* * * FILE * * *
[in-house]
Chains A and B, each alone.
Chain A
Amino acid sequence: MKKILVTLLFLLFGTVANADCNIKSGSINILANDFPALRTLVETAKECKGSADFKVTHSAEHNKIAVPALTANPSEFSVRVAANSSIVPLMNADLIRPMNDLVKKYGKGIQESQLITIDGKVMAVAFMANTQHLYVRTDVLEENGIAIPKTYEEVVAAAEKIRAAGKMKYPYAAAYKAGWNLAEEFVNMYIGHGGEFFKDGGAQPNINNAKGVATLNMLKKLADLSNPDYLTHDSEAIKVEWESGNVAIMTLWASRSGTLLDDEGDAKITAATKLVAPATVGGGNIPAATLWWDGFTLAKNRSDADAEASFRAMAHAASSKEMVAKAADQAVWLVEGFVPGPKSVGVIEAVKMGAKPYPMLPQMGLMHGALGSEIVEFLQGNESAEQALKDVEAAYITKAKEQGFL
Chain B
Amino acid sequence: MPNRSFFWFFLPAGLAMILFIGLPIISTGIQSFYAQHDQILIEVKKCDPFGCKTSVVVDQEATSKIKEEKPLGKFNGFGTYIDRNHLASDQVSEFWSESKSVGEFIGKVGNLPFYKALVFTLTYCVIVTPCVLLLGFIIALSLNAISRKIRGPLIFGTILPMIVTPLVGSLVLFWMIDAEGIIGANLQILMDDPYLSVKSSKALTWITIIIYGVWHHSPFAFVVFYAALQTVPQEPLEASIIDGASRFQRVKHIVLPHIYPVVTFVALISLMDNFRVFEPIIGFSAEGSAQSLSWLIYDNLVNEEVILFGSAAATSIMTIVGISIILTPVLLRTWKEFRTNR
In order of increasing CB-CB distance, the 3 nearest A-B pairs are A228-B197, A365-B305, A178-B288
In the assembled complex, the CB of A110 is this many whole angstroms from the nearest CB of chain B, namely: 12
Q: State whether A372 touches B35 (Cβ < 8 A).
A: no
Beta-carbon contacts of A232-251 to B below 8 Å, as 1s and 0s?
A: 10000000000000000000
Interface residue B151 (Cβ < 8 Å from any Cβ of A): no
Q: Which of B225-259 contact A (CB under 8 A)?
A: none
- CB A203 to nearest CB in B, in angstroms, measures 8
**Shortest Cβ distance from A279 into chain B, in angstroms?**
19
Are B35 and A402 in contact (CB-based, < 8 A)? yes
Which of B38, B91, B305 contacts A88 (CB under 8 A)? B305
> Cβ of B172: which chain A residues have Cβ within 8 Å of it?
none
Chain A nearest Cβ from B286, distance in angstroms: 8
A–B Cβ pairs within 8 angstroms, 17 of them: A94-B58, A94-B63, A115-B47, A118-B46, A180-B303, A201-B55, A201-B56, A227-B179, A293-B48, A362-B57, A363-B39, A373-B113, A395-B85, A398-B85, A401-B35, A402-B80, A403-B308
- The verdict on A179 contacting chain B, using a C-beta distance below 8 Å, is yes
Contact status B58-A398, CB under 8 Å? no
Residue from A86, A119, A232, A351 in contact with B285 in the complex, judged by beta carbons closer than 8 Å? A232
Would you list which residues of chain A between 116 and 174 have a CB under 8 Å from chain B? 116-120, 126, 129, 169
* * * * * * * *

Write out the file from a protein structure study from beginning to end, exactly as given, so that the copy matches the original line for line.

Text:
[in-house]
Chains A and B, each alone.
Chain A
Amino acid sequence: MKKILVTLLFLLFGTVANADCNIKSGSINILANDFPALRTLVETAKECKGSADFKVTHSAEHNKIAVPALTANPSEFSVRVAANSSIVPLMNADLIRPMNDLVKKYGKGIQESQLITIDGKVMAVAFMANTQHLYVRTDVLEENGIAIPKTYEEVVAAAEKIRAAGKMKYPYAAAYKAGWNLAEEFVNMYIGHGGEFFKDGGAQPNINNAKGVATLNMLKKLADLSNPDYLTHDSEAIKVEWESGNVAIMTLWASRSGTLLDDEGDAKITAATKLVAPATVGGGNIPAATLWWDGFTLAKNRSDADAEASFRAMAHAASSKEMVAKAADQAVWLVEGFVPGPKSVGVIEAVKMGAKPYPMLPQMGLMHGALGSEIVEFLQGNESAEQALKDVEAAYITKAKEQGFL
Chain B
Amino acid sequence: MPNRSFFWFFLPAGLAMILFIGLPIISTGIQSFYAQHDQILIEVKKCDPFGCKTSVVVDQEATSKIKEEKPLGKFNGFGTYIDRNHLASDQVSEFWSESKSVGEFIGKVGNLPFYKALVFTLTYCVIVTPCVLLLGFIIALSLNAISRKIRGPLIFGTILPMIVTPLVGSLVLFWMIDAEGIIGANLQILMDDPYLSVKSSKALTWITIIIYGVWHHSPFAFVVFYAALQTVPQEPLEASIIDGASRFQRVKHIVLPHIYPVVTFVALISLMDNFRVFEPIIGFSAEGSAQSLSWLIYDNLVNEEVILFGSAAATSIMTIVGISIILTPVLLRTWKEFRTNR
In order of increasing CB-CB distance, the 3 nearest A-B pairs are A228-B197, A365-B305, A178-B288
In the assembled complex, the CB of A110 is this many whole angstroms from the nearest CB of chain B, namely: 12
Q: State whether A372 touches B35 (Cβ < 8 A).
A: no
Beta-carbon contacts of A232-251 to B below 8 Å, as 1s and 0s?
A: 10000000000000000000
Interface residue B151 (Cβ < 8 Å from any Cβ of A): no
Q: Which of B225-259 contact A (CB under 8 A)?
A: none
- CB A203 to nearest CB in B, in angstroms, measures 8
**Shortest Cβ distance from A279 into chain B, in angstroms?**
19
Are B35 and A402 in contact (CB-based, < 8 A)? yes
Which of B38, B91, B305 contacts A88 (CB under 8 A)? B305
> Cβ of B172: which chain A residues have Cβ within 8 Å of it?
none
Chain A nearest Cβ from B286, distance in angstroms: 8
A–B Cβ pairs within 8 angstroms, 17 of them: A94-B58, A94-B63, A115-B47, A118-B46, A180-B303, A201-B55, A201-B56, A227-B179, A293-B48, A362-B57, A363-B39, A373-B113, A395-B85, A398-B85, A401-B35, A402-B80, A403-B308
- The verdict on A179 contacting chain B, using a C-beta distance below 8 Å, is yes
Contact status B58-A398, CB under 8 Å? no
Residue from A86, A119, A232, A351 in contact with B285 in the complex, judged by beta carbons closer than 8 Å? A232
Would you list which residues of chain A between 116 and 174 have a CB under 8 Å from chain B? 116-120, 126, 129, 169